My not-so-secret secret tip would be a balanced lifestyle. This includes in particular sufficient sleep, stress balance and reduction, exercise in the fresh air and a balanced diet with regional and seasonal plant-based foods.

Drinking plenty of water also helps to keep the mucous membranes moist, especially in the cold season, so that viruses cannot enter the body in the first place. In addition, the composition of the intestinal microbiota can be positively influenced by probiotic foods. These include fermented foods such as yogurt or sauerkraut. Dietary fiber from whole grain products, legumes, fruits and vegetables in turn serve as food for the intestinal bacteria.

These plant foods in particular also provide vitamins, minerals, secondary plant compounds and other substances such as spermidine, which help to keep the immune cells fit. So my personal tip is to include a small portion of vegetables and/or fruit with every meal - whether it's a main meal or a snack.

If you don't like vegetables that much, you can hide them in soups, sauces and casseroles, for example. Fruit but also vegetables can also be made into delicious Smoothies that most "green-avoiders" will enjoy. Since these drinks are often relatively high in energy and sugar, they should be considered a meal and not a drink. The diverse mixed drinks make you feel fuller longer if protein-rich foods such as yogurt, soy milk or nuts are mixed into them.

But the daily portion of vegetables can also be used wonderfully in sandwiches. If you add sprouts, which are rich in the polyamine spermidine, you create a little immune booster for in between and get through the day strengthened.

I immediately took on this task and created a superfood sandwich with sprouts. If you want to try your hand at growing your own microgreens, you'll find 4-step instructions below.

Superfood Sandwiches with the Sprouts & Microgreens Theme Special.

Ingredients: 4 servings

Preparation time: 20 minutes

Shopping List:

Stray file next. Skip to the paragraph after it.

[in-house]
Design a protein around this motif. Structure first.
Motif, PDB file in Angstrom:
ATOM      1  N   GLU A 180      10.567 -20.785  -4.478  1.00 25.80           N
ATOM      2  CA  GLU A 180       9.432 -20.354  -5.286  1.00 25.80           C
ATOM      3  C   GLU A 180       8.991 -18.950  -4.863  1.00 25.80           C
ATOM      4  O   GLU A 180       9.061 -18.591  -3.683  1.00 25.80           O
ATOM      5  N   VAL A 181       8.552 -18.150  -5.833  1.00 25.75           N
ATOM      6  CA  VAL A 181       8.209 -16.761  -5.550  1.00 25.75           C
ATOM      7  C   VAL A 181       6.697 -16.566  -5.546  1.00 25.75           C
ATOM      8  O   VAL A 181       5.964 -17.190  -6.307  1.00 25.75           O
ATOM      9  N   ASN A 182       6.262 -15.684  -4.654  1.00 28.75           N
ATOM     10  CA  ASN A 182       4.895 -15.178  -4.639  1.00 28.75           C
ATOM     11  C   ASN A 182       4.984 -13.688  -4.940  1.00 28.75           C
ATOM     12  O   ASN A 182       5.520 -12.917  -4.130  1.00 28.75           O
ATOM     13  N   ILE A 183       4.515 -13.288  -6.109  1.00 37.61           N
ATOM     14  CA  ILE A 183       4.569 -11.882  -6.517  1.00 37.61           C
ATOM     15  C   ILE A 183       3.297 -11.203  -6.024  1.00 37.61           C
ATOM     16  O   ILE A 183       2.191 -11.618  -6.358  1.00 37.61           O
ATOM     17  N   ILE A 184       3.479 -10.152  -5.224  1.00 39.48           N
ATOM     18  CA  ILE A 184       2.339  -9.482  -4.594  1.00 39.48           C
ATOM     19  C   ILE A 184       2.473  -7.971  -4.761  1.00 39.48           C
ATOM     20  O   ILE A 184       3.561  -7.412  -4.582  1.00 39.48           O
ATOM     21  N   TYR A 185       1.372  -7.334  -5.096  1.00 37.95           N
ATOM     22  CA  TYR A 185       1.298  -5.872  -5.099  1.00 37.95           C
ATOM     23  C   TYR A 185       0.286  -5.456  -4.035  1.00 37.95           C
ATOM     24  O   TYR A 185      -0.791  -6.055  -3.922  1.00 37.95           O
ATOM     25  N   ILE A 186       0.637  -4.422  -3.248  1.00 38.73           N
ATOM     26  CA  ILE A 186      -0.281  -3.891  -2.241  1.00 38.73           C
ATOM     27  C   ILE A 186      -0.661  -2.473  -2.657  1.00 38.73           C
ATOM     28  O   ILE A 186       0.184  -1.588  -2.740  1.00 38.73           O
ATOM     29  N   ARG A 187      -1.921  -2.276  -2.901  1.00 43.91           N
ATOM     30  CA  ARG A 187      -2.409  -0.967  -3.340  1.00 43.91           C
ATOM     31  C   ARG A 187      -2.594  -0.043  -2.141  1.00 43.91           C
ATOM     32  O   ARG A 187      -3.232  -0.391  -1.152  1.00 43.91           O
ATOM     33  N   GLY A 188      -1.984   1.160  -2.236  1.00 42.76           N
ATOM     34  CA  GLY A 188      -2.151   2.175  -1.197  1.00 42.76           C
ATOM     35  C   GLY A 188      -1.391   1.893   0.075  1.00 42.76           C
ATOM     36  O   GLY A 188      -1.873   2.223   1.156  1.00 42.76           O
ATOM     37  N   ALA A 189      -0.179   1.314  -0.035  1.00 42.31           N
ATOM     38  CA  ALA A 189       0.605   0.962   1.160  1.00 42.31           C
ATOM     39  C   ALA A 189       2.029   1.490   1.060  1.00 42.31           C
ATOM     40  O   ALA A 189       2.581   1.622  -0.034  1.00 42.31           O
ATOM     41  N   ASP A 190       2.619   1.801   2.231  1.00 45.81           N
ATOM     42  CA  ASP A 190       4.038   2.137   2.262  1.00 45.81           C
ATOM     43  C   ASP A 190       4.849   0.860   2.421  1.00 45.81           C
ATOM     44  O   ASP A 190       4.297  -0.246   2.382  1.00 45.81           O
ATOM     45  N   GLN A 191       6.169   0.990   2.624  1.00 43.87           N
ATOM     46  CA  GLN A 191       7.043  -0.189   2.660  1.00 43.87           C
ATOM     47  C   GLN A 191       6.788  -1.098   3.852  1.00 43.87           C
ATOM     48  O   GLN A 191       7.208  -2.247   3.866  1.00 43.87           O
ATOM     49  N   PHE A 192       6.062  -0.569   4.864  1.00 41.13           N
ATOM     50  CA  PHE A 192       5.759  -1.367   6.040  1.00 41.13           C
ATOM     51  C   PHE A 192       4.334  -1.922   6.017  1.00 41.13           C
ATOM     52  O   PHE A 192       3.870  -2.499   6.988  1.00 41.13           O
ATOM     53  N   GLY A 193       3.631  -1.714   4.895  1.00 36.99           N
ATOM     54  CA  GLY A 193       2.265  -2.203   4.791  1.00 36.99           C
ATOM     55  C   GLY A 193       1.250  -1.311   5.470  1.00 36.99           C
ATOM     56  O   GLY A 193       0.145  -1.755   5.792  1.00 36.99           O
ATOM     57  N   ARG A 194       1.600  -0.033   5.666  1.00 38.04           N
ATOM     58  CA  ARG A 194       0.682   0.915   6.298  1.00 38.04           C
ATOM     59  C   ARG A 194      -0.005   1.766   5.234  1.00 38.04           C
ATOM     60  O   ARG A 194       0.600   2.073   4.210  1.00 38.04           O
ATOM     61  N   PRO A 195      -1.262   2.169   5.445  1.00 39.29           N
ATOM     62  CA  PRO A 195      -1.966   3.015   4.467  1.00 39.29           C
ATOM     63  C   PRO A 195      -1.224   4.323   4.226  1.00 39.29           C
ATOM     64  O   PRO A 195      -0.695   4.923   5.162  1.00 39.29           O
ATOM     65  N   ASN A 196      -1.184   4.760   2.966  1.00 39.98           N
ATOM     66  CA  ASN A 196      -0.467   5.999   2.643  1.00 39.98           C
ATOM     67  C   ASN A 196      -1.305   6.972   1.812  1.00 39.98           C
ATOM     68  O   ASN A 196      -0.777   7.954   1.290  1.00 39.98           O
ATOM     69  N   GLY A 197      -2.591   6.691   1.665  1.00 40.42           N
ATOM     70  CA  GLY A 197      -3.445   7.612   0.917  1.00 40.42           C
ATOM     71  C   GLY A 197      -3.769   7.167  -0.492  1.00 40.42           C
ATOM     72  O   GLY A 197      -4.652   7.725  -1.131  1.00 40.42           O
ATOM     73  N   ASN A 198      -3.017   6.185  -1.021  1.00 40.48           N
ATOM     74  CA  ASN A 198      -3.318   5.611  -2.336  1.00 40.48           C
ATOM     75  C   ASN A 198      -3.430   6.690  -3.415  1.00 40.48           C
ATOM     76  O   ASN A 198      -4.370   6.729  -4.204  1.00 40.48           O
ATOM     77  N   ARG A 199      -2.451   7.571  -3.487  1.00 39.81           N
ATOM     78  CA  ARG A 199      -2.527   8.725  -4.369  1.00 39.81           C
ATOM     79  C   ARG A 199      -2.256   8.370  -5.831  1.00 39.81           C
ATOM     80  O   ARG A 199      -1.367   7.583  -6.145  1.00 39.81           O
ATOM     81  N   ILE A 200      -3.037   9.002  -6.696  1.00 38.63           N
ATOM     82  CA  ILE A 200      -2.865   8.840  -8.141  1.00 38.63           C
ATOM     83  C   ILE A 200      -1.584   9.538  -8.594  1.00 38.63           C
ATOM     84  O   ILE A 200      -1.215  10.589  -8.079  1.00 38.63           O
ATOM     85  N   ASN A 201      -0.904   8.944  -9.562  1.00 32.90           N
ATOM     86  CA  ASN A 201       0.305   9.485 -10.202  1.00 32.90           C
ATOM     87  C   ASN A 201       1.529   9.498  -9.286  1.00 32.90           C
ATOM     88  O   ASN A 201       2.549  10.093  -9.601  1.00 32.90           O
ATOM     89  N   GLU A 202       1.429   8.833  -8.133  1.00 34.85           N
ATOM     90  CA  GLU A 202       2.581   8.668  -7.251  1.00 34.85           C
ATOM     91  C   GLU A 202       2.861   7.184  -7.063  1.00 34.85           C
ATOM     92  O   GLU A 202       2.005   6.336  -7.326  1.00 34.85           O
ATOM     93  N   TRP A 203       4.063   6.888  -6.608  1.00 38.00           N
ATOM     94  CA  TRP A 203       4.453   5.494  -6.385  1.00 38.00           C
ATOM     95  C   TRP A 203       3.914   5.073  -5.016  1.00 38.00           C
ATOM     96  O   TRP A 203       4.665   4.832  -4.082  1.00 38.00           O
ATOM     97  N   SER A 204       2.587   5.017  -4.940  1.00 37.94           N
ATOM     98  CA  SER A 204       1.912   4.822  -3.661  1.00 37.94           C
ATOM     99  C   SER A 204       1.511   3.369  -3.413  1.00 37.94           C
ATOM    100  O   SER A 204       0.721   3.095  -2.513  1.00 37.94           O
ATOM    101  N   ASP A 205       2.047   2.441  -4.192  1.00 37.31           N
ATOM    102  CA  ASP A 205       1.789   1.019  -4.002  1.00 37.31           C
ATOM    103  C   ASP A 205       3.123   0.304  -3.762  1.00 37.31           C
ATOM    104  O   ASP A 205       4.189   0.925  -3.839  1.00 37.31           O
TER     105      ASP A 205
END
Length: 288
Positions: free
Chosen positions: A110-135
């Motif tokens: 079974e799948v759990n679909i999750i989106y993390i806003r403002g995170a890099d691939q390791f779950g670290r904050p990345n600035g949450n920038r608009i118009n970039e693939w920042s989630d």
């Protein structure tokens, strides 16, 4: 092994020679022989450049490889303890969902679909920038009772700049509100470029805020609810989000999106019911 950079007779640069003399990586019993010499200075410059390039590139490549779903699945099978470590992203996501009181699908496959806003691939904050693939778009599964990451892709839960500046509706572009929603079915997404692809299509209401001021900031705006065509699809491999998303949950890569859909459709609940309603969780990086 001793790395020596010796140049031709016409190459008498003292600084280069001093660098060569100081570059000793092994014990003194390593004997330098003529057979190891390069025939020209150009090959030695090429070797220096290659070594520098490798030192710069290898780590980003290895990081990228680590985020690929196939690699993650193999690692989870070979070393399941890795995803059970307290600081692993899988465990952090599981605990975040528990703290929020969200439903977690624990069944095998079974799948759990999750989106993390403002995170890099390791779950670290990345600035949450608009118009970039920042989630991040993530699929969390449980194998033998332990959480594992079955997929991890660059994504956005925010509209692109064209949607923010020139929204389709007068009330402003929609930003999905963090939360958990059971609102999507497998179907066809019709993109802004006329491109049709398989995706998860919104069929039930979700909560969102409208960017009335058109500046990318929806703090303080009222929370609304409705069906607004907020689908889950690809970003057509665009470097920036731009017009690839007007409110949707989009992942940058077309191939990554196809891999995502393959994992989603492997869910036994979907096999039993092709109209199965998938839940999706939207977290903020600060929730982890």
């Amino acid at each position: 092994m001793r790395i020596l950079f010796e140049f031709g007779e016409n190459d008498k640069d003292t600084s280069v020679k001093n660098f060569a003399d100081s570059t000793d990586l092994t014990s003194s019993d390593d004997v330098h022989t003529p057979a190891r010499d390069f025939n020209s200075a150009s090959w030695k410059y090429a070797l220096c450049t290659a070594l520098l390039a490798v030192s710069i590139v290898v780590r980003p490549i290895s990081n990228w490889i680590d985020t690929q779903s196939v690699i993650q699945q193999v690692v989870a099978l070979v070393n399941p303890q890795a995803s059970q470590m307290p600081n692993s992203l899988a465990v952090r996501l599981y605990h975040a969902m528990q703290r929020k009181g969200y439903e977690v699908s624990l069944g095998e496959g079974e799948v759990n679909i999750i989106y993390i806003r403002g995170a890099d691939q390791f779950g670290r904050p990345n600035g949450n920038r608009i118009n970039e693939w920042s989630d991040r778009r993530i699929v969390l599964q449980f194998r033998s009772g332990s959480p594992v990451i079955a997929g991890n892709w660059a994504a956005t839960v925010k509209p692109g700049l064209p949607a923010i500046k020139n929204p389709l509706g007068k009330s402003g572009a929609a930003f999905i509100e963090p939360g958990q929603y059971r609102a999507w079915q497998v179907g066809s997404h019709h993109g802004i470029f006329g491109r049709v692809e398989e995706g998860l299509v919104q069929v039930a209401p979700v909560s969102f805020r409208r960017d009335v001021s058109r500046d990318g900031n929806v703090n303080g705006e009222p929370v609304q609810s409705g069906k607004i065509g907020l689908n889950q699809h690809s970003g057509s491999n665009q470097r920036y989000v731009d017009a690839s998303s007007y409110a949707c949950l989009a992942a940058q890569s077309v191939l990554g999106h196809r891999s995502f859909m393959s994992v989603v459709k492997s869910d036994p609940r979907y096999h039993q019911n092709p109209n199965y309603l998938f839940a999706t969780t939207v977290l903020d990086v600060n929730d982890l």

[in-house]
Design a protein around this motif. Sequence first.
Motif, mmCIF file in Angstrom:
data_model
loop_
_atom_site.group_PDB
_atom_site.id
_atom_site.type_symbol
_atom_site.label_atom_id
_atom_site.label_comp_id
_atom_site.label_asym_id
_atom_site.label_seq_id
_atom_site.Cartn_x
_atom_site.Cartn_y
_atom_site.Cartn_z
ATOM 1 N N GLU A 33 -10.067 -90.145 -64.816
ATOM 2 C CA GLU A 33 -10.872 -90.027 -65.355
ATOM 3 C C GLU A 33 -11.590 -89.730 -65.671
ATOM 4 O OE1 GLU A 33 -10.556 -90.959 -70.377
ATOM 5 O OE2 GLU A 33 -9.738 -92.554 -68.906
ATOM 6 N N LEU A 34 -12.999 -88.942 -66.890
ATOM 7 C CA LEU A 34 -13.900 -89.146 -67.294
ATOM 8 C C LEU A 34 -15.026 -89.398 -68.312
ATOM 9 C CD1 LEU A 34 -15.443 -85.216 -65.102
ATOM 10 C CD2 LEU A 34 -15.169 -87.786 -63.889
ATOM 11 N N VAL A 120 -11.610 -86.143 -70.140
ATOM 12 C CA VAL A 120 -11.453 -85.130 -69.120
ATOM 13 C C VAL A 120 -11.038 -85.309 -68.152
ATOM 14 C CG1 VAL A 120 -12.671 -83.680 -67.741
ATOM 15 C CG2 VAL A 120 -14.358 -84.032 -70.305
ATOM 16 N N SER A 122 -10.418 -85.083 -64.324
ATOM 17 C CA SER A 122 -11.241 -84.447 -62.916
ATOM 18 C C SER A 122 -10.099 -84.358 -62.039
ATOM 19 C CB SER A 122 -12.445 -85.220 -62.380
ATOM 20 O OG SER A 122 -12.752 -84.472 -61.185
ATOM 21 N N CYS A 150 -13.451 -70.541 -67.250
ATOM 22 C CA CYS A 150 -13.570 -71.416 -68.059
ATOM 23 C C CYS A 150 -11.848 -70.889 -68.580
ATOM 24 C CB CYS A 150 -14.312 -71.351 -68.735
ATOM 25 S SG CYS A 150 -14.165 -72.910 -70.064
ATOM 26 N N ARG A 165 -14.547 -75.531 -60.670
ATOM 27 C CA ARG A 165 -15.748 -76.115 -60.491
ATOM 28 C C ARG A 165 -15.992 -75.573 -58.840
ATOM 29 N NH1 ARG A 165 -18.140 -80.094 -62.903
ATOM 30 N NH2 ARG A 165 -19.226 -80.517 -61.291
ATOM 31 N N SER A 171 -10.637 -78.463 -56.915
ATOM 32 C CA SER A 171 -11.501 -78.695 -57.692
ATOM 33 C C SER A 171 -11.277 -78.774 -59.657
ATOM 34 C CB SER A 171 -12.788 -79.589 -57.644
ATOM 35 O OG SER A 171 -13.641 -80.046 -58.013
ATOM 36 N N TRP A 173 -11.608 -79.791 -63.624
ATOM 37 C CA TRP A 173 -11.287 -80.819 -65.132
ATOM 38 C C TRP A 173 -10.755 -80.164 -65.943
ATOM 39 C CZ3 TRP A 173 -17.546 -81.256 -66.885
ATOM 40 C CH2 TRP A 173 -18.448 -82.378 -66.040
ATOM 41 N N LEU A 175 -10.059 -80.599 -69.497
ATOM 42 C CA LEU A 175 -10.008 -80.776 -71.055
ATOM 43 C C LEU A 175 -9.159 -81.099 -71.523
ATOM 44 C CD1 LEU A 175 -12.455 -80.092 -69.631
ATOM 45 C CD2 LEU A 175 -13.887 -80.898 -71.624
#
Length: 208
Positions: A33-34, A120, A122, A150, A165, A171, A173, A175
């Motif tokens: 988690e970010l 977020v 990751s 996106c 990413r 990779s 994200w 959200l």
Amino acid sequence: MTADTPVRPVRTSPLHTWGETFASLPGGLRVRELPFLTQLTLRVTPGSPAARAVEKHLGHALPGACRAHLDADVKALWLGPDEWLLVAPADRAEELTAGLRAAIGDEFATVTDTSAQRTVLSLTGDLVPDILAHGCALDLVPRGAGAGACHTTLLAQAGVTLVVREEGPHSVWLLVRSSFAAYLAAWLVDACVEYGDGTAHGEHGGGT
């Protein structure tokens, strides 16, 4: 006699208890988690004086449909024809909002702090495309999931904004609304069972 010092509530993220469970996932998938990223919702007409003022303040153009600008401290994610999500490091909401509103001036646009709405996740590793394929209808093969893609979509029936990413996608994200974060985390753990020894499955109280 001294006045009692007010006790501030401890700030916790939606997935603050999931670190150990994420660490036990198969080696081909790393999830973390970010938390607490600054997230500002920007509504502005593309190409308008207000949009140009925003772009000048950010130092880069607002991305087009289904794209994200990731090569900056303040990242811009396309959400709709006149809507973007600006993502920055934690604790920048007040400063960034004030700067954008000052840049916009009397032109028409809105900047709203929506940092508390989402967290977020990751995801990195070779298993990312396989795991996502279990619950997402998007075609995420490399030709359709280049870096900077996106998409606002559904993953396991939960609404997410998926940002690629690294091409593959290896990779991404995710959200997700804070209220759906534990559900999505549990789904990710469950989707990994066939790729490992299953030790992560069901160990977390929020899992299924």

For the spread:

  • 100 g beets {pre-cooked}
  • 175 g curd
  • Some chili powder
  • Some paprika powder
  • Salt & pepper

For the sandwich:

  • 8 slices of whole wheat/rough grain bread
  • 1 zucchini
  • 1 tablespoon olive oil
  • 1 red bell bell pepper
  • 1 yellow bell bell pepper
  • ½ bunch fresh parsley
  • a few pomegranates
  • 8 tablespoons freshly grown sprouts/wheat germs


Finely puree the pre-cooked red beets. Mix with the curd cheese. Season with salt, pepper and a little chili and paprika powder.

Wash and clean the zucchini and cut into thin slices, alternatively slice. Heat the olive oil in a pan and fry the zucchini slices on both sides. Season with salt and pepper. Wash and clean the peppers, cut them into fine strips. Wash the parsley and remove the stems.

Place eight slices of whole wheat, or alternatively, original grain bread on top. Spread the red beet and curd spread evenly on top. Top with the bell bell pepper and zucchini strips, parsley, and a few pomegranate seeds and sprouts. Place the breads on top of each other and cut in half.

Four steps from seed to sprout aka microgreen:

  1. Soak & activate
  2. Germination: the grain shell breaks open, stems and roots thrive
  3. #Greenery: sprouts turn green and develop high-quality amino and fatty acids.
  4. Sprouts become sweeter, fats become fatty acids. Microgreens are more digestible and very healthy.

All that is needed for sprouting is a sprouting jar with a draining rack and water. Depending on the type of seed, the sprouts are usually soaked in water overnight. Then the water is drained and the seeds are left in the jar to germinate. During this process, the sprouts are rinsed twice a day. Important: be sure to rinse - so that no bacteria get to the sprouts.

Our tip: additionally rinse the body with spermidineLIFE® Immunity+ in addition. Ideally take two capsules per day with a meal, so a good supply is guaranteed. They support cell renewal and our immune cells with zinc and vitamin C.

Catrin Ferrari-Fountain

Editor & Foodblogger

Instagram: @CookingCatrin

Literature used:

Carriche G, Almeida L, Stüve P, Velasquez L, Dhillon-LaBrooy A, Roy U, Lindenberg M, Strowig T, Plaza-Sirvent C, Schmitz I, Lochner M, Simon A, Sparwasser T (2020): Regulating T-cell differentiation through the polyamine spermidine. In: J Allergy Clin. Immunol. article in press. Online at:

Cem E (2020): Nutrition and longevity - From mechanisms to uncertainties. In: Critical Reviews in Food Science and Nutrition, 60:18, 3063-3082, DOI: 10.1080/10408398.2019.1676698.

Kiechl S, Pechlaner R, Willeit P, Notdurfter M, Paulweber B, Willeit K, Werner P, Ruckenstuhl C, Iglseder B, Weger S, Mairhofer B, Gartner M, Kedenko L, Chmelikova M, Stekovic S, Stuppner M, Oberhollenzer, Kroemer G, Mayr M, Eisenberg T, Tilg H, Madeo F, Willeit J (2018): Higher spermidine intake is linked to lower mortality: a prospective population-based study. In: Am J Clin Nutr 2018;108:371-380.

Lazar V, Ditu L-M, Pircalabioru GG, Gheorghe I, Curutiu C, Holban AM, Picu A, Petcu L and Chifiriuc MC (2018): Aspects of Gut Microbiota and Immune System Interactions in Infectious Diseases, Immunopathology, and Cancer. In: Front. Immunol. 9:1830. doi: 10.3389/fimmu.2018.01830

Morselli E, Galluzzi L, Kepp O, Criollo A, Maiuri MC, Tavernarakis N, Madeo F, Kroemer G (2009): Autophagy mediates pharmacological lifespan extension by spermidine and resveratrol. In: AGING, December 2009, Vol. 1 No 12.

Back to blog